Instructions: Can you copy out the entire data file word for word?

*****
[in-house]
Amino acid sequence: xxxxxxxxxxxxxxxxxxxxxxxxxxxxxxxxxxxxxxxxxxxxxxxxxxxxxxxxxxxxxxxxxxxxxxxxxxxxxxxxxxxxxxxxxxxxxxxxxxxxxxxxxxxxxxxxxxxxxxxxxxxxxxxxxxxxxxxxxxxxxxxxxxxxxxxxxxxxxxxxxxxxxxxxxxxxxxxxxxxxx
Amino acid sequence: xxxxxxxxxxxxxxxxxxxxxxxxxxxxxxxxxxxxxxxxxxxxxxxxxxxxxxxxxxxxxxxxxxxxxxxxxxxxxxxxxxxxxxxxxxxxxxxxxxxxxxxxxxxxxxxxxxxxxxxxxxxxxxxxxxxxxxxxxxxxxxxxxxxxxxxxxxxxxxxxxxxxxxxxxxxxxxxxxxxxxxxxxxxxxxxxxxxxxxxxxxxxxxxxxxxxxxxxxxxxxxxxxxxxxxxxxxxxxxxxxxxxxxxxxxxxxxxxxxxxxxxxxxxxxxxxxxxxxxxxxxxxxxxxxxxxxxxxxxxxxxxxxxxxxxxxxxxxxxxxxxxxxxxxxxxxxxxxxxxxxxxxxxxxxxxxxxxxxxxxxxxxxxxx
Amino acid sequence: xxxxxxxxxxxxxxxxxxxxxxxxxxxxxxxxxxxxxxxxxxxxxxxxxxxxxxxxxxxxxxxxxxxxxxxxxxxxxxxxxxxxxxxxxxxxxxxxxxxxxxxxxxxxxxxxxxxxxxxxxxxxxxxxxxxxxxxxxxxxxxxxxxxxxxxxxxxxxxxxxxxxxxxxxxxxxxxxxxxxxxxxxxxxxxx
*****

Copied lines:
[in-house]
Amino acid sequence: xxxxxxxxxxxxxxxxxxxxxxxxxxxxxxxxxxxxxxxxxxxxxxxxxxxxxxxxxxxxxxxxxxxxxxxxxxxxxxxxxxxxxxxxxxxxxxxxxxxxxxxxxxxxxxxxxxxxxxxxxxxxxxxxxxxxxxxxxxxxxxxxxxxxxxxxxxxxxxxxxxxxxxxxxxxxxxxxxxxxx
Amino acid sequence: xxxxxxxxxxxxxxxxxxxxxxxxxxxxxxxxxxxxxxxxxxxxxxxxxxxxxxxxxxxxxxxxxxxxxxxxxxxxxxxxxxxxxxxxxxxxxxxxxxxxxxxxxxxxxxxxxxxxxxxxxxxxxxxxxxxxxxxxxxxxxxxxxxxxxxxxxxxxxxxxxxxxxxxxxxxxxxxxxxxxxxxxxxxxxxxxxxxxxxxxxxxxxxxxxxxxxxxxxxxxxxxxxxxxxxxxxxxxxxxxxxxxxxxxxxxxxxxxxxxxxxxxxxxxxxxxxxxxxxxxxxxxxxxxxxxxxxxxxxxxxxxxxxxxxxxxxxxxxxxxxxxxxxxxxxxxxxxxxxxxxxxxxxxxxxxxxxxxxxxxxxxxxxxx
Amino acid sequence: xxxxxxxxxxxxxxxxxxxxxxxxxxxxxxxxxxxxxxxxxxxxxxxxxxxxxxxxxxxxxxxxxxxxxxxxxxxxxxxxxxxxxxxxxxxxxxxxxxxxxxxxxxxxxxxxxxxxxxxxxxxxxxxxxxxxxxxxxxxxxxxxxxxxxxxxxxxxxxxxxxxxxxxxxxxxxxxxxxxxxxxxxxxxxxx